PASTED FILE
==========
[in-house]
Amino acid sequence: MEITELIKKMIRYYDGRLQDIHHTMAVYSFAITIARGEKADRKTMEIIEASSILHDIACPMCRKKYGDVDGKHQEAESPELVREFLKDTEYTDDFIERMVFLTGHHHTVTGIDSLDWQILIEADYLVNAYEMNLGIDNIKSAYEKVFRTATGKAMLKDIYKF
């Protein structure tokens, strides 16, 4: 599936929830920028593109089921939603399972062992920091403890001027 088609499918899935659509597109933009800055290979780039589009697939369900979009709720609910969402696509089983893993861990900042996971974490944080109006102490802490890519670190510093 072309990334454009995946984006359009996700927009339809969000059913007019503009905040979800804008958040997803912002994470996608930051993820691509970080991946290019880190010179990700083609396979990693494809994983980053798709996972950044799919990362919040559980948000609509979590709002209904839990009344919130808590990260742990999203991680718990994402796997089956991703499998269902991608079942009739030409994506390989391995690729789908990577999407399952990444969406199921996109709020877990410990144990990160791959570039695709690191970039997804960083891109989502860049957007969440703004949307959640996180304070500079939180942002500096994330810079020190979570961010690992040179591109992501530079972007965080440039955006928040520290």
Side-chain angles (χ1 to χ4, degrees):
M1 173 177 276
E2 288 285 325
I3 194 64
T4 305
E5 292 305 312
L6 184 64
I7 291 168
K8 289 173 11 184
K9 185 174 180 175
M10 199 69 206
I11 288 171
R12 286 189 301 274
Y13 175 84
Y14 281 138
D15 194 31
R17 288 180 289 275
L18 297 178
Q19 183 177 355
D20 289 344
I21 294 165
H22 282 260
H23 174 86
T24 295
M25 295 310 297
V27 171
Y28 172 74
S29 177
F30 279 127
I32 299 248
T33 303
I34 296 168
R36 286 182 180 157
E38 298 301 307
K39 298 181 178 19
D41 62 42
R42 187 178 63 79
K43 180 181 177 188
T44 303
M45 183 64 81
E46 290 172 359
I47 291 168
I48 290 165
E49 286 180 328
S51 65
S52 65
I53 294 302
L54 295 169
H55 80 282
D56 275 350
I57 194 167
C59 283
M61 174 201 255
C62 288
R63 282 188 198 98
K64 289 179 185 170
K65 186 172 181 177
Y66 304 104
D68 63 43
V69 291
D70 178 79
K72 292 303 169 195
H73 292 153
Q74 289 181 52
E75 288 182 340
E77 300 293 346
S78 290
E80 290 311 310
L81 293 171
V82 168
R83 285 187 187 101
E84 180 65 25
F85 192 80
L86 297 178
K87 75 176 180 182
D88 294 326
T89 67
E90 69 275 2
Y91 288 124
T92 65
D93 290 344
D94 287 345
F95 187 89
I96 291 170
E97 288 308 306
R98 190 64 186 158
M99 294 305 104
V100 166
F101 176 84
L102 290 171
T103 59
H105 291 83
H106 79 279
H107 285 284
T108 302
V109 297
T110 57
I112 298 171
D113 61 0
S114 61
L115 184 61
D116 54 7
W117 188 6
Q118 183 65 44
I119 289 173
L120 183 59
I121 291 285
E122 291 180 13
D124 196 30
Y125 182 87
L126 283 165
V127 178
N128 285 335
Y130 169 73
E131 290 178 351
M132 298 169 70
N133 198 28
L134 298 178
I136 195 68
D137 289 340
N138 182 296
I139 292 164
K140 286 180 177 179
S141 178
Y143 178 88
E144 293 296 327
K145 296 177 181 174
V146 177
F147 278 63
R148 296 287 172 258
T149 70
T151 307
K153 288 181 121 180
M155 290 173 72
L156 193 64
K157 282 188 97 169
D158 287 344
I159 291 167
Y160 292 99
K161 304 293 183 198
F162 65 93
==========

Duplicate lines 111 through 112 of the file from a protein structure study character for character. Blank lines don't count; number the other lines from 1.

E122 291 180 13
D124 196 30